Varsha N. Behrunani - Decentralized control of multi-energy systems
Multi-energy system perspectives in district and/or urban areas are core to carbon neutral societies. These systems incorporate electrical, thermal and chemical processes that follow individual demand and supply patterns under distinct time scales, i.e. from sub-second (electrical) to weekly/monthly (thermal) and seasonal (chemical) applications. Coordination of the related technologies in the domain of energy systems can only be achieved by optimally controlling the envisioned technology setup, under current or future stakeholder interests. This includes decentral control setups with restricted information propagation between stakeholders, working with measured data for modelling, controller synthesis and showcasing developments on operating real-life systems. In addition to sector specific technological limitations, the systemic coupling of energy carriers needs to account for the coupling of different time scales as well as different production and consumption patterns. A decentralized technological landscape facilitates faster computation and reduces the need for extending large-scale infrastructure, such as electrical grid reinforcements or international imports of energy. A decentral setup also results in more stakeholders being involved in the energetic supply chain that can benefit if they share information on their capabilities and intended production and consumption, such that they can be matched locally. 
The goal of this project is to develop novel distributed control methods for operational decision making in multi objective optimization of joint thermal and electrical sectors under current and future stakeholder setups that will be fully developed, customized to the multi-energy setting and extended in two directions. Firstly, we address the coupling of multiple energy streams in urban areas during runtime and optimizing their operational behavior using data-driven control algorithms that can adapt to local specificities by the use of locally gathered measured data and improve system wide optimal behavior in terms of local preferences and privacy. Secondly, we investigate the coupling of agents in these energy grids and the balance between privacy of information and economic/environmental performance using a game theoretic approach for coordinating the decisions of multiple stakeholders. The ultimate goal of this project is to advance widespread acceptance of the coordinated operation of energy system technologies in districts and cities, a key enabling technology in the dynamic next generation multi-energy management systems.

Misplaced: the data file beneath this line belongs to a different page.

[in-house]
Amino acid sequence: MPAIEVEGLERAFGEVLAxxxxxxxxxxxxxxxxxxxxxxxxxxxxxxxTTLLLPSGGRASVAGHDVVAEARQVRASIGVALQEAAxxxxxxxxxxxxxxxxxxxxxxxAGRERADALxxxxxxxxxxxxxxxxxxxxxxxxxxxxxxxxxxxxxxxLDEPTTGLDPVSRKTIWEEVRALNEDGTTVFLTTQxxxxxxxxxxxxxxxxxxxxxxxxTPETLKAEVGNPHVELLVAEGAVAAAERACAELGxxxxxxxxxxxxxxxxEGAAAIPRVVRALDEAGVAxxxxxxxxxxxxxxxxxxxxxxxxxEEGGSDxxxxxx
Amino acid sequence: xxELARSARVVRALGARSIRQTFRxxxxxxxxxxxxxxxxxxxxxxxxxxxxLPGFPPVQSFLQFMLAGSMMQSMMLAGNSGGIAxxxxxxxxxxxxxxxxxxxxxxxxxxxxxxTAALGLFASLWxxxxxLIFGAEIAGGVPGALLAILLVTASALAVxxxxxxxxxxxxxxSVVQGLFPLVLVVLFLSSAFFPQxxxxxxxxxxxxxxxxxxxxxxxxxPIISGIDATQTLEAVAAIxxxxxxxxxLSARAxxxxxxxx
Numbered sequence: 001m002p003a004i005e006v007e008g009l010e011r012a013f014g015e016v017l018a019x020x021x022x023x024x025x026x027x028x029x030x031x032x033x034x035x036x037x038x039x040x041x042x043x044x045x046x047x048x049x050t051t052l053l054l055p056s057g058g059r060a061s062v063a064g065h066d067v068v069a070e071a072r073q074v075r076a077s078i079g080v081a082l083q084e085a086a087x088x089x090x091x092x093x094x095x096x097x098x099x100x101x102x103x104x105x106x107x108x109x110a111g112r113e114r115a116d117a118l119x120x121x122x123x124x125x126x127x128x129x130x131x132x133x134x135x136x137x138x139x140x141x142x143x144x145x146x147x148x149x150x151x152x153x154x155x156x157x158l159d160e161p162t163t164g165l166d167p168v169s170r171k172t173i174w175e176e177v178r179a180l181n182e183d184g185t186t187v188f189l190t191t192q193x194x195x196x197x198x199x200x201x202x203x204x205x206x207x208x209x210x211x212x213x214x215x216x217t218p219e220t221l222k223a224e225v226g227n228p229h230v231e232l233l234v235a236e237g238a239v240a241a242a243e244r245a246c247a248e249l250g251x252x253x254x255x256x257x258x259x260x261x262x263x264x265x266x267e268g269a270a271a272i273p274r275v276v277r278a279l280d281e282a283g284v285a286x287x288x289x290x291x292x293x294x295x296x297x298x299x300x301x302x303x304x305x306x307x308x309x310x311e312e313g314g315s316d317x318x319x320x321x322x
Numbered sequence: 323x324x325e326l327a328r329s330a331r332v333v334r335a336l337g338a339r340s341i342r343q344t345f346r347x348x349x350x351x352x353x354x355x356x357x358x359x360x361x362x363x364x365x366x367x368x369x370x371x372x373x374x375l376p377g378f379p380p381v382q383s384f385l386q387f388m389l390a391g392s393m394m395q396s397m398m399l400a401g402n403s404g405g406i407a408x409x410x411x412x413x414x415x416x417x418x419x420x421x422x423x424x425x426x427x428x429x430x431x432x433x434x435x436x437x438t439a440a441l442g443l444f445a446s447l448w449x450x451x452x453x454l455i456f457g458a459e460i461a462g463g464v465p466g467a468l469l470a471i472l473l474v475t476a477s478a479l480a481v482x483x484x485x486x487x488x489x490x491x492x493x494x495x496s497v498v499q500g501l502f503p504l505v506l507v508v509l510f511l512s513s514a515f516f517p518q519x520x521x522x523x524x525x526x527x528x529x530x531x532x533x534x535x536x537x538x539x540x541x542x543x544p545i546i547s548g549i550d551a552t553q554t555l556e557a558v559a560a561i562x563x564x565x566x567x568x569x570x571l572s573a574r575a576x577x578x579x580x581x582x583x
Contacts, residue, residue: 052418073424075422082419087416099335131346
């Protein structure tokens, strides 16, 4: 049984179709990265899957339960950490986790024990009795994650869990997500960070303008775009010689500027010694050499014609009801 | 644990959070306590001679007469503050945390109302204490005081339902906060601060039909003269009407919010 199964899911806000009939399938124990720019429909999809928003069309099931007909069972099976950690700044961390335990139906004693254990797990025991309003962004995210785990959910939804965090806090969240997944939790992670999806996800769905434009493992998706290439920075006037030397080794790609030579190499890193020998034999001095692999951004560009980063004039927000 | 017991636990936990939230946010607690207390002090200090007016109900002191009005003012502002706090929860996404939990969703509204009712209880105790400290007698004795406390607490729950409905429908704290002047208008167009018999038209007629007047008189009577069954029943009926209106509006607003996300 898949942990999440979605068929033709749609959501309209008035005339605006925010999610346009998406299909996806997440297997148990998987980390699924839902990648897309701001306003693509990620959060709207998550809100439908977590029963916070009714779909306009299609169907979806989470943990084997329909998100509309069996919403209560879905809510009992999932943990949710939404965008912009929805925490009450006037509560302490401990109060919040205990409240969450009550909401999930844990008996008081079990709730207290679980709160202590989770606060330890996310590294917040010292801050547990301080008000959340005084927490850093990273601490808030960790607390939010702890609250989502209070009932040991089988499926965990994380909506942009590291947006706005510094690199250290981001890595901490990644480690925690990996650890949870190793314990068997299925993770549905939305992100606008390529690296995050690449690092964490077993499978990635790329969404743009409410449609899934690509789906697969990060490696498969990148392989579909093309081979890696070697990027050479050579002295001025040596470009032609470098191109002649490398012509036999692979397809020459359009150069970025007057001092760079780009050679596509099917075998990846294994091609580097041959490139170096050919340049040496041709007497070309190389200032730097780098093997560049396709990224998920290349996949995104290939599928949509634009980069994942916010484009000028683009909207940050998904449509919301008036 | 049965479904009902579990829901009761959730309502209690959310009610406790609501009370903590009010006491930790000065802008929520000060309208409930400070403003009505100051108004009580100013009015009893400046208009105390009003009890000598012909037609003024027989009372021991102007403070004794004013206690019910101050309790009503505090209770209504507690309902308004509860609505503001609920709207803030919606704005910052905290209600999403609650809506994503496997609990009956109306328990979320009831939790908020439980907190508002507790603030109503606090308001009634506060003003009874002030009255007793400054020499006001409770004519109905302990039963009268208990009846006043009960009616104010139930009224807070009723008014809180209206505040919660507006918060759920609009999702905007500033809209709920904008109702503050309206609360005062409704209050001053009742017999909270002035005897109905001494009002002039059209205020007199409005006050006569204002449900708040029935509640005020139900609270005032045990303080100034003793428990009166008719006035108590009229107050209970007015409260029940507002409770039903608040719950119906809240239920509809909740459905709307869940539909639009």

Julie Rousseau - Probabilistic Prosumer Side Flexibilities for Multi-Use Case Applications
The electric energy demand of buildings is increasing due to the electrification of the transportation and heating systems which will lead to increasing numbers of electric vehicles (EVs) and heat pumps. While this puts an additional strain on the power grid, EVs and heat pumps are flexible loads that can be leveraged to keep the balance between generation and load. Coincidently, the building infrastructure for existing and new buildings are being modernized. This includes the deployment of smart meters and edge computing resources (i.e. building automation systems) as well as an increasing share of renewable energy sources such as rooftop or façade PV. The computing technology allows for a coordination of building loads, which are commonly oversized in their power- or storage-rating, in an interconnected fashion which can be exploited to optimize local needs, such as a high comfort level, low energy bills or maximizing the use of local generation while at the same time acting in a grid-supporting way. In other words, the load/production pattern of a building can be manipulated online to satisfy not only local needs (e.g. energy cost minimization or increased comfort), but at the same time provide upper-layer services.
In the literature that deals with the integration of demand-side flexibility into system operation, the building or load models are often oversimplified, i.e. using limits on the power and energy that should reflect the building’s flexibility in a concise way such that it can be integrated into the optimization problem. However, building energy systems are highly complex, dependent on the user’s behavior, the weather, characteristics of the building, etc. Hence, the focus of this project is to develop tools that allow for the identification and quantification of flexibility of a building that go beyond the device level models and/or the simplified generic models. Another important aspect is causality, i.e. that flexibility available at any time in the future is highly dependent on how flexibility is used between the present and that future point in time. It is further necessary to distinguish between available flexibility and accessible flexibility where the latter is a subset of the available flexibility taking into account restrictions that are imposed by the grid infrastructure and the behavior of other agents in the local grid.